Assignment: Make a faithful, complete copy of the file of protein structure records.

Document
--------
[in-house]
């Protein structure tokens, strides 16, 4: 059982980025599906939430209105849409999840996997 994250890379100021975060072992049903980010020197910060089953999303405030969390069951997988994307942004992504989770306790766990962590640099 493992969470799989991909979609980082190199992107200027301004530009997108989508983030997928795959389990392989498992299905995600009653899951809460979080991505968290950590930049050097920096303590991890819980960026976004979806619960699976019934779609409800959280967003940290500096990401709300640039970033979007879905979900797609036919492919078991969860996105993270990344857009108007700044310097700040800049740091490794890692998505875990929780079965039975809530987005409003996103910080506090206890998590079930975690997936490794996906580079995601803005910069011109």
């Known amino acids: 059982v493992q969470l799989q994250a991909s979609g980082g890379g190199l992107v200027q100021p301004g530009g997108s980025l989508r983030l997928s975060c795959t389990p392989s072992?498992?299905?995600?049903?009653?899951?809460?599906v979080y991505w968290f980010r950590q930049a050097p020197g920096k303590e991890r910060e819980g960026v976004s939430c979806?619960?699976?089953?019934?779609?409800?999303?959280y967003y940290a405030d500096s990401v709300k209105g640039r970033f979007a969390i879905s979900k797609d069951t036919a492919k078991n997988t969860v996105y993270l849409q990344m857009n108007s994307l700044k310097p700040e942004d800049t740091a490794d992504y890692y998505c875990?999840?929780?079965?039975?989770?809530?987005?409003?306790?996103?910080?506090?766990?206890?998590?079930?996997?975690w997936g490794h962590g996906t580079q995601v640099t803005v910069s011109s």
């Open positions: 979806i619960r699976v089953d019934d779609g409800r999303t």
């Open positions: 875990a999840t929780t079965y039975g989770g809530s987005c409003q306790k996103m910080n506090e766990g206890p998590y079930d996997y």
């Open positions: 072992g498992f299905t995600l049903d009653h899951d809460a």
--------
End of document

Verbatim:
[in-house]
């Protein structure tokens, strides 16, 4: 059982980025599906939430209105849409999840996997 994250890379100021975060072992049903980010020197910060089953999303405030969390069951997988994307942004992504989770306790766990962590640099 493992969470799989991909979609980082190199992107200027301004530009997108989508983030997928795959389990392989498992299905995600009653899951809460979080991505968290950590930049050097920096303590991890819980960026976004979806619960699976019934779609409800959280967003940290500096990401709300640039970033979007879905979900797609036919492919078991969860996105993270990344857009108007700044310097700040800049740091490794890692998505875990929780079965039975809530987005409003996103910080506090206890998590079930975690997936490794996906580079995601803005910069011109």
């Known amino acids: 059982v493992q969470l799989q994250a991909s979609g980082g890379g190199l992107v200027q100021p301004g530009g997108s980025l989508r983030l997928s975060c795959t389990p392989s072992?498992?299905?995600?049903?009653?899951?809460?599906v979080y991505w968290f980010r950590q930049a050097p020197g920096k303590e991890r910060e819980g960026v976004s939430c979806?619960?699976?089953?019934?779609?409800?999303?959280y967003y940290a405030d500096s990401v709300k209105g640039r970033f979007a969390i879905s979900k797609d069951t036919a492919k078991n997988t969860v996105y993270l849409q990344m857009n108007s994307l700044k310097p700040e942004d800049t740091a490794d992504y890692y998505c875990?999840?929780?079965?039975?989770?809530?987005?409003?306790?996103?910080?506090?766990?206890?998590?079930?996997?975690w997936g490794h962590g996906t580079q995601v640099t803005v910069s011109s």
């Open positions: 979806i619960r699976v089953d019934d779609g409800r999303t």
């Open positions: 875990a999840t929780t079965y039975g989770g809530s987005c409003q306790k996103m910080n506090e766990g206890p998590y079930d996997y």
């Open positions: 072992g498992f299905t995600l049903d009653h899951d809460a």